Rosie Batty heads International Women's Day breakfast in Port Macquarie

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ROSIE Batty’s former husband Greg Anderson made a promise that he may not outlive her, but he could make her suffer.

She had fought tirelessly in the courts to shield herself and her 11-year-old son Luke from the torturous power and control cycle inflicted by her estranged partner. Rosie thought she had done enough, when after enduring a history of violence, was granted an intervention order that denied him contact.

Then on February 12, 2014, the unthinkable occurred. Luke was cornered by his father at the cricket nets in the outer suburbs of Melbourne, hit in the head and stabbed to death. It was the ultimate act of revenge by a man who had lost control.

Greg Anderson was shot after resisting arrest and died in hospital.

Every day since losing the one precious little boy she loved, Rosie has made it her mission to make Luke’s life matter and cultural change his legacy. And she is not giving up. Ever.

Her campaign to end violence against women and children is a call to action for men and women to unite and challenge the status quo. To be bold and brave enough to say sexism, gender inequity and normalising the harmful and often innocuous behaviours that feed into acts of violence end now. And we have to do it together.

Rosie Batty was named 2015 Australian of the Year and in a coup for the Mid North Coast, was the guest speaker at the Hastings Business Women’s Network International Women’s Day breakfast in Port Macquarie co-hosted with Leslie Williams MP.

Before a record-breaking crowd of 370, Rosie spoke boldly about making that change happen.

“As women we should be enraged. As women we should collectively understand this is affecting so many of the people that we may know or come into contact with on a daily basis in our communities,” Rosie said.

“It’s been three years since Luke was murdered. The horrific way that Luke died should never have happened. But there were red flags, there were warnings.

“As a community and a society we minimise the risk – we don’t want to face it, we don’t want to acknowledge it and what we do constantly is blame the victim rather than make the perpetrator accountable.

“So how can we change as a society? By simply shifting the conversation. That question we think is so innocent and obvious and pertinent and relevant, but is also very critical and judgmental and ignorant – “why doesn’t she just leave?”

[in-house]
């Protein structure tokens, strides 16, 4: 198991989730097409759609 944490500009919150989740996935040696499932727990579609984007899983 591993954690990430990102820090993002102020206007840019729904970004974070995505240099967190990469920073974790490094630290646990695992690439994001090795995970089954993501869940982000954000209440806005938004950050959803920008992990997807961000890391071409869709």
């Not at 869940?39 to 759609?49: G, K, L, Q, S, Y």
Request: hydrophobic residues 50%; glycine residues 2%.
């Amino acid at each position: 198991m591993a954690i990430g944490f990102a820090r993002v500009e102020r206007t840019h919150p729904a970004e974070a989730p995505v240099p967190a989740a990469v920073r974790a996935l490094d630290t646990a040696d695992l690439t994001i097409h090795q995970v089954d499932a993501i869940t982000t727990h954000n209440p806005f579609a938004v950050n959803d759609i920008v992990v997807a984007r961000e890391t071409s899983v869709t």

“When you choose to leave a violent relationship, you threaten the power and control dynamic. Because violence is a choice – it is always a choice. When a woman has had enough, or the violence is so extreme there is no other way out. Or she has over time worked on her self esteem and knows she deserves so much more … when you choose to leave and challenge that dynamic you are at the greatest risk of harm.”

Rosie said the shift in thinking is simple. Why is a woman is expected to leave a violent relationship, uproot her life and family so she can be safe? Why are we not asking questions of the perpetrator – why is he choosing to be violent?

You and I have an equal responsibility to be a part of a community to fix this issue. Because it’s always been there doesn’t mean there is a place for it to continue. It’s up to us.

Rosie Batty

“The journey forward about being bold and being change is doing this together. We can’t do it separately. And how much more rewarding is that journey when men celebrate our achievements with us ... and recognise we are completely equal and contribute in different ways.

“Moving forward with family violence does start with a conversation.

“There is no greater community problem than family violence and it has to be acknowledged and we are all part of the solution and we all can do something. We can look at the way we talk to our children, the way we model respect to each other – because if we are not modelling it ourselves how on earth can we expect younger generations to do that.

“Not all disrespect ends with violence, but all violence starts with disrespect.”

Rosie said the momentum for change has started, but accountability in politics and our judicial system is critical.

“You and I have an equal responsibility to be a part of a community to fix this issue. Because it’s always been there doesn’t mean there is a place for it to continue. It’s up to us.

“We need to escalate this. We need to hold each other accountable when we hear inappropriate comments.

“What we need to understand is violence is on a spectrum and its starts from sexist put-down language. And if it is snuffed out at the very beginning it can’t go anywhere else.

“It means an awful lot for men to make other men accountable.”

For Rosie Batty’s full presentation, watch the video:


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